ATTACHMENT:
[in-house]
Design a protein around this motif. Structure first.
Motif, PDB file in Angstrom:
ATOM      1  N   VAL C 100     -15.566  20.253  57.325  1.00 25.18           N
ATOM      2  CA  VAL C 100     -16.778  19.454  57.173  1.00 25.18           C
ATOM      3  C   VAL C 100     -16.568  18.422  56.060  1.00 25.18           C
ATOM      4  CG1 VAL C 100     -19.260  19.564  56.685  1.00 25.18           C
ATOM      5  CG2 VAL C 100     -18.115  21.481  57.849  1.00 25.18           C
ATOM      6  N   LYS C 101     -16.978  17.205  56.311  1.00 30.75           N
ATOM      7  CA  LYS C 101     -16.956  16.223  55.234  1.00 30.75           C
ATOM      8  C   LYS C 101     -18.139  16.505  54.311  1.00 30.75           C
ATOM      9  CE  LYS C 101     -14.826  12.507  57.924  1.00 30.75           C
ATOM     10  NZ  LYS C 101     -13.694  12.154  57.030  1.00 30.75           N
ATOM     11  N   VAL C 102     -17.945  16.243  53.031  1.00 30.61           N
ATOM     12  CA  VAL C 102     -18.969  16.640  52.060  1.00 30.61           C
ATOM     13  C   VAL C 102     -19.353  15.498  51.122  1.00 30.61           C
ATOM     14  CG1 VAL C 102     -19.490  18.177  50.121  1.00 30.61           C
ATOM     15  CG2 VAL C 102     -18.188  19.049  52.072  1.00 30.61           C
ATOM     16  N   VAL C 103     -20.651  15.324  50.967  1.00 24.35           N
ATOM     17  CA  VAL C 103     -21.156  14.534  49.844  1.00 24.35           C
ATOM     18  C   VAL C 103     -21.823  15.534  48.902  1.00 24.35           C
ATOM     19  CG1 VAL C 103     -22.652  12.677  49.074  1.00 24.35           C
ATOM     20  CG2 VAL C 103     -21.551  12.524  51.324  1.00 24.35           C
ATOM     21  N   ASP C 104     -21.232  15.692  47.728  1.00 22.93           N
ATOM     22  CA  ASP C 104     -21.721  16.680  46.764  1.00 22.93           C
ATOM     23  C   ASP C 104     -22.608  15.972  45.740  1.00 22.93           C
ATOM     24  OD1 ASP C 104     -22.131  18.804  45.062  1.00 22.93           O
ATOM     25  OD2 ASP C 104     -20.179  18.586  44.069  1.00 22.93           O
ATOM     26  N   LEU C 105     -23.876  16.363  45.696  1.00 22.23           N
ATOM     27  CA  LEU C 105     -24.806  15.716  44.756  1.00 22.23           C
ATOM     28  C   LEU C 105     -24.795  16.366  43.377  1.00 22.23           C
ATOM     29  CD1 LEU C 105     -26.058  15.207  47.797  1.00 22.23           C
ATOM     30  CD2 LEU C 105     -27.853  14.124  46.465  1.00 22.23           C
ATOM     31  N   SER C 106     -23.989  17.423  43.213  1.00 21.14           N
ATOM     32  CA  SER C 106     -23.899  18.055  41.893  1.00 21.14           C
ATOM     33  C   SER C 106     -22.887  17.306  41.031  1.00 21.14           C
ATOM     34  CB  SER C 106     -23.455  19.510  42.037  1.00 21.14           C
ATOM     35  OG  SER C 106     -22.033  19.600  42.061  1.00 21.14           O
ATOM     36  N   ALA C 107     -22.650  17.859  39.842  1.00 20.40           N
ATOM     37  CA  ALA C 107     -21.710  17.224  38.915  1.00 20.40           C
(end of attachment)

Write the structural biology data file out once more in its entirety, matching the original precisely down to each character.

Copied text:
[in-house]
Design a protein around this motif. Structure first.
Motif, PDB file in Angstrom:
ATOM      1  N   VAL C 100     -15.566  20.253  57.325  1.00 25.18           N
ATOM      2  CA  VAL C 100     -16.778  19.454  57.173  1.00 25.18           C
ATOM      3  C   VAL C 100     -16.568  18.422  56.060  1.00 25.18           C
ATOM      4  CG1 VAL C 100     -19.260  19.564  56.685  1.00 25.18           C
ATOM      5  CG2 VAL C 100     -18.115  21.481  57.849  1.00 25.18           C
ATOM      6  N   LYS C 101     -16.978  17.205  56.311  1.00 30.75           N
ATOM      7  CA  LYS C 101     -16.956  16.223  55.234  1.00 30.75           C
ATOM      8  C   LYS C 101     -18.139  16.505  54.311  1.00 30.75           C
ATOM      9  CE  LYS C 101     -14.826  12.507  57.924  1.00 30.75           C
ATOM     10  NZ  LYS C 101     -13.694  12.154  57.030  1.00 30.75           N
ATOM     11  N   VAL C 102     -17.945  16.243  53.031  1.00 30.61           N
ATOM     12  CA  VAL C 102     -18.969  16.640  52.060  1.00 30.61           C
ATOM     13  C   VAL C 102     -19.353  15.498  51.122  1.00 30.61           C
ATOM     14  CG1 VAL C 102     -19.490  18.177  50.121  1.00 30.61           C
ATOM     15  CG2 VAL C 102     -18.188  19.049  52.072  1.00 30.61           C
ATOM     16  N   VAL C 103     -20.651  15.324  50.967  1.00 24.35           N
ATOM     17  CA  VAL C 103     -21.156  14.534  49.844  1.00 24.35           C
ATOM     18  C   VAL C 103     -21.823  15.534  48.902  1.00 24.35           C
ATOM     19  CG1 VAL C 103     -22.652  12.677  49.074  1.00 24.35           C
ATOM     20  CG2 VAL C 103     -21.551  12.524  51.324  1.00 24.35           C
ATOM     21  N   ASP C 104     -21.232  15.692  47.728  1.00 22.93           N
ATOM     22  CA  ASP C 104     -21.721  16.680  46.764  1.00 22.93           C
ATOM     23  C   ASP C 104     -22.608  15.972  45.740  1.00 22.93           C
ATOM     24  OD1 ASP C 104     -22.131  18.804  45.062  1.00 22.93           O
ATOM     25  OD2 ASP C 104     -20.179  18.586  44.069  1.00 22.93           O
ATOM     26  N   LEU C 105     -23.876  16.363  45.696  1.00 22.23           N
ATOM     27  CA  LEU C 105     -24.806  15.716  44.756  1.00 22.23           C
ATOM     28  C   LEU C 105     -24.795  16.366  43.377  1.00 22.23           C
ATOM     29  CD1 LEU C 105     -26.058  15.207  47.797  1.00 22.23           C
ATOM     30  CD2 LEU C 105     -27.853  14.124  46.465  1.00 22.23           C
ATOM     31  N   SER C 106     -23.989  17.423  43.213  1.00 21.14           N
ATOM     32  CA  SER C 106     -23.899  18.055  41.893  1.00 21.14           C
ATOM     33  C   SER C 106     -22.887  17.306  41.031  1.00 21.14           C
ATOM     34  CB  SER C 106     -23.455  19.510  42.037  1.00 21.14           C
ATOM     35  OG  SER C 106     -22.033  19.600  42.061  1.00 21.14           O
ATOM     36  N   ALA C 107     -22.650  17.859  39.842  1.00 20.40           N
ATOM     37  CA  ALA C 107     -21.710  17.224  38.915  1.00 20.40           C